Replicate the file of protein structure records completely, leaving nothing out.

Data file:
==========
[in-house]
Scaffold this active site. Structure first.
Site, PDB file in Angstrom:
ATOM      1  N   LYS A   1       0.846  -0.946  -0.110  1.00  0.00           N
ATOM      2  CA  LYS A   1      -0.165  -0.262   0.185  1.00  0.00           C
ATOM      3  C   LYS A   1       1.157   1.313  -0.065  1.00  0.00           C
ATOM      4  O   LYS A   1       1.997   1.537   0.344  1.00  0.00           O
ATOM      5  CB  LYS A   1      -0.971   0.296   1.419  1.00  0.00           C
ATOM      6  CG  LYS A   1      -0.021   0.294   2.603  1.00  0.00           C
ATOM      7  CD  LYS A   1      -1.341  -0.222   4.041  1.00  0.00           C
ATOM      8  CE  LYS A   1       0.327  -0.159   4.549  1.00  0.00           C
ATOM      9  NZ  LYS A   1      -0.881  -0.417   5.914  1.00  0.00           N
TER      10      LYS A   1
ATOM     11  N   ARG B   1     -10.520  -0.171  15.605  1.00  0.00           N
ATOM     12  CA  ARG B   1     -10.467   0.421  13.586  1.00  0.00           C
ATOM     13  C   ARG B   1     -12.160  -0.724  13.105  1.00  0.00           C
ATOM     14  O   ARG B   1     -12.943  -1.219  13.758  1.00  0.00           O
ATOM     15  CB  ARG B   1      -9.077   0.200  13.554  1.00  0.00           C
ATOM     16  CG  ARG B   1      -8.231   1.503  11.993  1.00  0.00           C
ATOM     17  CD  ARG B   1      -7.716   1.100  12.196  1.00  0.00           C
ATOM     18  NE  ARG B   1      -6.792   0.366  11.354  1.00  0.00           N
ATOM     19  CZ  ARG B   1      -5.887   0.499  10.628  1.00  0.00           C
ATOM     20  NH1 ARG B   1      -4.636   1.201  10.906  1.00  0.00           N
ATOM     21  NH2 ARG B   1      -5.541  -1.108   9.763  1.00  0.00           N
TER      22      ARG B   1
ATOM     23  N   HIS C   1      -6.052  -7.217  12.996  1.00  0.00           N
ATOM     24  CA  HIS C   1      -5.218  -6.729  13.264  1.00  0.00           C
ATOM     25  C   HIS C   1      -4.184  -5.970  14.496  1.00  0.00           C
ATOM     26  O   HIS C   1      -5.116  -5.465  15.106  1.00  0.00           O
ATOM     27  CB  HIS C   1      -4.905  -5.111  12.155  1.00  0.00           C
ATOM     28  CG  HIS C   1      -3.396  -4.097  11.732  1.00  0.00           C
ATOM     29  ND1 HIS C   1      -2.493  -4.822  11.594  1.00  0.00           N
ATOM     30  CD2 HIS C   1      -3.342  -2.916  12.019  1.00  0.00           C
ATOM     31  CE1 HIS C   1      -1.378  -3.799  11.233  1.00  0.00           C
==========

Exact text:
[in-house]
Scaffold this active site. Structure first.
Site, PDB file in Angstrom:
ATOM      1  N   LYS A   1       0.846  -0.946  -0.110  1.00  0.00           N
ATOM      2  CA  LYS A   1      -0.165  -0.262   0.185  1.00  0.00           C
ATOM      3  C   LYS A   1       1.157   1.313  -0.065  1.00  0.00           C
ATOM      4  O   LYS A   1       1.997   1.537   0.344  1.00  0.00           O
ATOM      5  CB  LYS A   1      -0.971   0.296   1.419  1.00  0.00           C
ATOM      6  CG  LYS A   1      -0.021   0.294   2.603  1.00  0.00           C
ATOM      7  CD  LYS A   1      -1.341  -0.222   4.041  1.00  0.00           C
ATOM      8  CE  LYS A   1       0.327  -0.159   4.549  1.00  0.00           C
ATOM      9  NZ  LYS A   1      -0.881  -0.417   5.914  1.00  0.00           N
TER      10      LYS A   1
ATOM     11  N   ARG B   1     -10.520  -0.171  15.605  1.00  0.00           N
ATOM     12  CA  ARG B   1     -10.467   0.421  13.586  1.00  0.00           C
ATOM     13  C   ARG B   1     -12.160  -0.724  13.105  1.00  0.00           C
ATOM     14  O   ARG B   1     -12.943  -1.219  13.758  1.00  0.00           O
ATOM     15  CB  ARG B   1      -9.077   0.200  13.554  1.00  0.00           C
ATOM     16  CG  ARG B   1      -8.231   1.503  11.993  1.00  0.00           C
ATOM     17  CD  ARG B   1      -7.716   1.100  12.196  1.00  0.00           C
ATOM     18  NE  ARG B   1      -6.792   0.366  11.354  1.00  0.00           N
ATOM     19  CZ  ARG B   1      -5.887   0.499  10.628  1.00  0.00           C
ATOM     20  NH1 ARG B   1      -4.636   1.201  10.906  1.00  0.00           N
ATOM     21  NH2 ARG B   1      -5.541  -1.108   9.763  1.00  0.00           N
TER      22      ARG B   1
ATOM     23  N   HIS C   1      -6.052  -7.217  12.996  1.00  0.00           N
ATOM     24  CA  HIS C   1      -5.218  -6.729  13.264  1.00  0.00           C
ATOM     25  C   HIS C   1      -4.184  -5.970  14.496  1.00  0.00           C
ATOM     26  O   HIS C   1      -5.116  -5.465  15.106  1.00  0.00           O
ATOM     27  CB  HIS C   1      -4.905  -5.111  12.155  1.00  0.00           C
ATOM     28  CG  HIS C   1      -3.396  -4.097  11.732  1.00  0.00           C
ATOM     29  ND1 HIS C   1      -2.493  -4.822  11.594  1.00  0.00           N
ATOM     30  CD2 HIS C   1      -3.342  -2.916  12.019  1.00  0.00           C
ATOM     31  CE1 HIS C   1      -1.378  -3.799  11.233  1.00  0.00           C